Afterwards we went to a park (Parc des Buttes-Chaumont) in the 19th district and had a lovely lunch with a view across the Eastern part of Paris from a pretty high-up hill.

Sunday, we visited Notre Dame de Paris.  We got to drop in just in time for Palm Sunday mass.  I lit a candle, and made some well wishes for my mom.  We marveled at the rich stained glass windows and then left, due to the crowds.
Notre Damme Paris

Next we walked west along the banks of the Seine, and stopped on a pedestrian bridge just west of the Pont Neuf bridge.  We had an orange and I indulged in a leisurely sketch of the Pont Neuf Bridge and its surrounding sky line.  I was also pulled into a brief conversation with a schizophrenic French man who, when he wasn’t engaging me in perfectly sane conversation, was busy twitching, pacing back and forth, and talking to himself.  He was actually quite pleasant to talk to, for a crazy person.
View along Seine

We continued westward, walked through the Jardin des Tuileries, paused to sit in some chairs and watch little kids sail their miniature sail boats across the ponds, and then continued down the Champs Elysee, towards L’Arc de Triomphe.  The Champs Elysee was a bit crowded, in part because it was the weekend but also because it was the day of Paris marathon, passing through all three of Paris’ arches, and the race had just completed.  We saw the Arc, but decided against ascending it, because of the crowds.
Arc de Triumph

On Tuesday, Erik had an unexpected day off from work.  So after I came back from French class, we walked over to a local Patisserie bought a couple of sandwiches, some chocolate and custard filled Brioches, and une tartlette Fraise and had ourselves a lovely lunch back at the apartment.  Then we took off to go see another art museum, Musee Zadkine.  Unfortunately, it looked as if the museum was closing permenantly, to be replaced by a theatre.  It was a bit of a bummer, to be sure.  However, we made the best of it and went to explore the Jardin du Luxumbourg instead.  We walked through the garden, reading the descriptions on the many statues of queens, regents, and duchesses.  We lazed and chatted by yet another pond and watched people go by and children sail their toy boats.

Wednesday, I visited le Musee Maillol – yet another stellar museum.  It is right up there with the Musee National Rodin, at least in my book.  Maillol was a prolific artist, and it appeared to me that he dabbled in a bit of everything and finally settled on painting and bronze sculptural work. 

The highlight of the entire exhibit, I must say, was the temporary exhibit of works by Rene Margritte.  One may best recognize him as the man who painted the famous work depicting a man in a bowler hat with an apple in front of his face.  He is described by some as a surrealist, although, I’m not sure that that is what he considers himself.  His work is inspiring in part because I believe that he derives his muse from the same sources as I myself do.  I was even able to see the progression of his technique, from earlier works to the captivating pieces characterizing later periods.  I almost feel like I could look at the chronological layout of these pieces and pick out where I myself am as an artist.  In a way, it makes my artistic goals seem more plausible.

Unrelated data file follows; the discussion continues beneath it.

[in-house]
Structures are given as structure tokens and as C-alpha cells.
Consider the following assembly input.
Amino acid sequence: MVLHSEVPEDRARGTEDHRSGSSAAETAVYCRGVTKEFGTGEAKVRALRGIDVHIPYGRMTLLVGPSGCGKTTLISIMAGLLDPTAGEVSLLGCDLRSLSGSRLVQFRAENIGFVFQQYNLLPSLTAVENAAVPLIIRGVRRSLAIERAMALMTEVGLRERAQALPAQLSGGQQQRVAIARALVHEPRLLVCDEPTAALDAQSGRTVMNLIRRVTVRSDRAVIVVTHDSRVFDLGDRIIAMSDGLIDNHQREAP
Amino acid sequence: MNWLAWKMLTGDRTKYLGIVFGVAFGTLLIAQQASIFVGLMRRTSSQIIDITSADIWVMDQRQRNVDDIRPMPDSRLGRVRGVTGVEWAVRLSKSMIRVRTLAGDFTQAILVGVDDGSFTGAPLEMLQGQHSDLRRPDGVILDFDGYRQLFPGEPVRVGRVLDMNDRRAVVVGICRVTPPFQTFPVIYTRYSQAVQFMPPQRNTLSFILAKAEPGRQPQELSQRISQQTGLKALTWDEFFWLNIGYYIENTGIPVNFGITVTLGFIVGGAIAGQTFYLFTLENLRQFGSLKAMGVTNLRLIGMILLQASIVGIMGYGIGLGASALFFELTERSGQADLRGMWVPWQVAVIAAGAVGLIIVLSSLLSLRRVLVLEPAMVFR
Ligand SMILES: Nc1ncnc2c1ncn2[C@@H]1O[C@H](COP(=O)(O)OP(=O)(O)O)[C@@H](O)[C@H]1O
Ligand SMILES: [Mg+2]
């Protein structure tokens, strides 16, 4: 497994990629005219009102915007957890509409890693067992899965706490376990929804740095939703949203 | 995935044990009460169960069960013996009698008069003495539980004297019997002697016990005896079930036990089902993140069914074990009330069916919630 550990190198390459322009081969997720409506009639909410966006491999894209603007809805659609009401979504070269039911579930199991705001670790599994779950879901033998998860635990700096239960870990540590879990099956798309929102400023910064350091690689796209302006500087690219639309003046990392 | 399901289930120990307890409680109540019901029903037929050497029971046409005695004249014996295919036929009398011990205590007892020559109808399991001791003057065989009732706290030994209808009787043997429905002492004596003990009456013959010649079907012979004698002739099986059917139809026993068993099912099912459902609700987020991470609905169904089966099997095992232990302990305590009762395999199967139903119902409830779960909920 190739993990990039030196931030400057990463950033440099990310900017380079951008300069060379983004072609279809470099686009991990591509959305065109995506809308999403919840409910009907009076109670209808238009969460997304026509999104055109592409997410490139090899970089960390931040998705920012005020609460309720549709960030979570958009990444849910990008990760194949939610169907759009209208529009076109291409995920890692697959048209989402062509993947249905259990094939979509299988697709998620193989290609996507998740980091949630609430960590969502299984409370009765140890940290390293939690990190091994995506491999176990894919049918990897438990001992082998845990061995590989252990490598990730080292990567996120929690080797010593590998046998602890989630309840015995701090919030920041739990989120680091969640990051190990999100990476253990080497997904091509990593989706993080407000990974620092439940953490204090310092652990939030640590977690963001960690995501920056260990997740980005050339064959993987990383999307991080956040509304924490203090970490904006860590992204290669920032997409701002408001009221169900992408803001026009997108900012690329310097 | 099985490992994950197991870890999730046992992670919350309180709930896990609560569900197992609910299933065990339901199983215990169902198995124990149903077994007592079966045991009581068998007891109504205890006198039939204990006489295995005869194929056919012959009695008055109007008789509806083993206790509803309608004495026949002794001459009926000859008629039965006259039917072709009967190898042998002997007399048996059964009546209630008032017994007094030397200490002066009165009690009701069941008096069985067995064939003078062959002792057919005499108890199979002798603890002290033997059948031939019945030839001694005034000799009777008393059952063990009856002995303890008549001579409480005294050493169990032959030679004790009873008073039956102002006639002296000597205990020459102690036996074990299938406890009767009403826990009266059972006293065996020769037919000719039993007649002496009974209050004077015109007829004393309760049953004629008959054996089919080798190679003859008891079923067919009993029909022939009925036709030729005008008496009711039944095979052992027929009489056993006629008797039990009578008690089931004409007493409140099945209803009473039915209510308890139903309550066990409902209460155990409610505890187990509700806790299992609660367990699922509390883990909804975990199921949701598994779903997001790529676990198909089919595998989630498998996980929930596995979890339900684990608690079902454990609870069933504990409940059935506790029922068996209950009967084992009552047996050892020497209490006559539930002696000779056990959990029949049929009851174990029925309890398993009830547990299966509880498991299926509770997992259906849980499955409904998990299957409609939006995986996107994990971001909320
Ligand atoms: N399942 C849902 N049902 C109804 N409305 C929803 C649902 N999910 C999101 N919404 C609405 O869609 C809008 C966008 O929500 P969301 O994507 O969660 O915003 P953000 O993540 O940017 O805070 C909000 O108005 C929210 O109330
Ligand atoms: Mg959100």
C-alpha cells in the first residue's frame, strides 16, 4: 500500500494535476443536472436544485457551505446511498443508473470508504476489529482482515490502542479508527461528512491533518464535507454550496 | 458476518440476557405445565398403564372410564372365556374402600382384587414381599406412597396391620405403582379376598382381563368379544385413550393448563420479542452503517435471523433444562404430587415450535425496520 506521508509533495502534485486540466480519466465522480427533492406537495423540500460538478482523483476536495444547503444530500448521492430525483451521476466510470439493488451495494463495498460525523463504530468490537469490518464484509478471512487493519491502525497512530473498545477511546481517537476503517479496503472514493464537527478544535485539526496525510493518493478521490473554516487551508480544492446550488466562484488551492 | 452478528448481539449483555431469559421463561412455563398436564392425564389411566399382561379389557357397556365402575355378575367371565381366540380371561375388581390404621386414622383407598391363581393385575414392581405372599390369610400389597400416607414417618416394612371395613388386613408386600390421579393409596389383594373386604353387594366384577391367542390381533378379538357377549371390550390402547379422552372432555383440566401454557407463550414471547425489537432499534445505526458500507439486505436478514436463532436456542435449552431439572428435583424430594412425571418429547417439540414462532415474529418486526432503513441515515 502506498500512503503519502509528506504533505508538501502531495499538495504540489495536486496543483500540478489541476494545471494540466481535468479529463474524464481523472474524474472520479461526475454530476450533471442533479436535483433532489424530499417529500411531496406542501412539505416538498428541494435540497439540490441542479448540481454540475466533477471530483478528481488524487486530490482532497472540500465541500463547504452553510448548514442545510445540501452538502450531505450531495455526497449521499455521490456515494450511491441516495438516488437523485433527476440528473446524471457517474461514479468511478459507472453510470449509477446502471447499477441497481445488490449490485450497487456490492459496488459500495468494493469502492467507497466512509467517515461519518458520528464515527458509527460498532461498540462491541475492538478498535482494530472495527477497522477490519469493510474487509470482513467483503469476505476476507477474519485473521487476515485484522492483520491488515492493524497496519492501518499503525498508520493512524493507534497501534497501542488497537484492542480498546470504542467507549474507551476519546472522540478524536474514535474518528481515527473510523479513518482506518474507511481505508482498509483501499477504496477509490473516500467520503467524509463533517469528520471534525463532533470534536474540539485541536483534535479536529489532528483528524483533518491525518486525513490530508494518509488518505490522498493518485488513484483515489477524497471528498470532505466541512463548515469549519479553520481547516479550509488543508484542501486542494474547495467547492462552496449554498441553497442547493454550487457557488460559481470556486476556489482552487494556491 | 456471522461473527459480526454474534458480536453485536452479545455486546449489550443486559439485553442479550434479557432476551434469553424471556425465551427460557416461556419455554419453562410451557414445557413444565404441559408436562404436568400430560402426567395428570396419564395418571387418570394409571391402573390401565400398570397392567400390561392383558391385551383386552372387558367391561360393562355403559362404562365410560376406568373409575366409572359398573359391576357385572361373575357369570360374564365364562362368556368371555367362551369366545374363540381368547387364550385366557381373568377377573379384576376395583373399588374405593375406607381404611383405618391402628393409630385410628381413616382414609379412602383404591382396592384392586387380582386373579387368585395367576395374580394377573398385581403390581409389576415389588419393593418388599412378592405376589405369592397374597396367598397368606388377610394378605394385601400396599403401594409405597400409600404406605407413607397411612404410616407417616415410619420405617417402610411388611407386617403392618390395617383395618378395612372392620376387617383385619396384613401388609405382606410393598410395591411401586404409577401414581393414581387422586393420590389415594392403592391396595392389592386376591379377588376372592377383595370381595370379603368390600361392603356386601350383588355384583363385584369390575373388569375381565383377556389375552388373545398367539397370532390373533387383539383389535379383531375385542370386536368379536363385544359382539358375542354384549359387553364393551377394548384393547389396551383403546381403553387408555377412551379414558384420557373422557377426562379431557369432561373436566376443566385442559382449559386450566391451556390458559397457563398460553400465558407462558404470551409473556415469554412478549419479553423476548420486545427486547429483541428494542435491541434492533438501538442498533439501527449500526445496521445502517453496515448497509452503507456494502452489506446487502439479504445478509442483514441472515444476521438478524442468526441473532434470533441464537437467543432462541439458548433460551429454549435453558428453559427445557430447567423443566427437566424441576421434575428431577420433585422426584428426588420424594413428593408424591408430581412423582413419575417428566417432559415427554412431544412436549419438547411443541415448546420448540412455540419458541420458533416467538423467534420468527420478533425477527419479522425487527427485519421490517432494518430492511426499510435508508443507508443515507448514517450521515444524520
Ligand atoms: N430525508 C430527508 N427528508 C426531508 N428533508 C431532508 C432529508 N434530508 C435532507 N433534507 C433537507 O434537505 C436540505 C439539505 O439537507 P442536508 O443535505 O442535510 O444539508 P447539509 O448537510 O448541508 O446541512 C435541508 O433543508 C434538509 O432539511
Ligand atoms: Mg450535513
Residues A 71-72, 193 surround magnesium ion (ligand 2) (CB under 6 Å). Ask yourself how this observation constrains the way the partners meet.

It was interesting to see how different artists create interest in their works in different ways.  For instance Van Gogh: his paintings have less of the realism and fine detail that characterize Margritte’s work.  However, his paintings create interest by way of textures and color combinations that draw the viewer in, time and again.  Margritte on the other hand: his paintings are mostly in goache and look in large part flat, like watercolor paintings.  His pieces lack the impasto affects used with Van Gogh’s oil paintings.  What Margritte gains, by way of sacrificing texture, is greater continuity of shapes and forms, and a larger ratio of detail per square inch.  He uses detail to create realistic images that are tweaked “just–so” to draw the viewer in and make them question the veracity of what they see.  

The grounds of the museum were just as welcoming as those of Musee National Rodin.  I am beginning to wonder if sculptural museums pay a bit more attention to the interior space of a building in comparison to museums exhibiting mainly paintings.

On Friday, I visited le Fondation Dubuffet, a museum devoted to displaying the life and works of a particularly odd and most-likely-off-his-rocker sculptor.  I didn’t really care for the exhibits which consisted in part of paintings that looked like textural paint sprayed onto cardboard and subsequently framed, and also drawings and eerie noise compositions juxtaposed against Dubuffet’s strange rambling writings. 

I guess that the high light of the exhibit would be his sculptural work, which I found, at best, redundant and for the most part creepy.  There was even a video displaying a strange theatrical piece where in the frame is full of these sepulchral sculpture pieces, where in, every once and a while, a piece would shift or move part way across the screen, accompanied by strange humming (mostly likely performed by the Dubuffet himself).  According to a book published on his works, he apparently had a huge (HUGE) warehouse full of these creepy pieces and they are all part of a masterwork/installation of his, on display somewhere else – I’d rather not know where.  Creepy.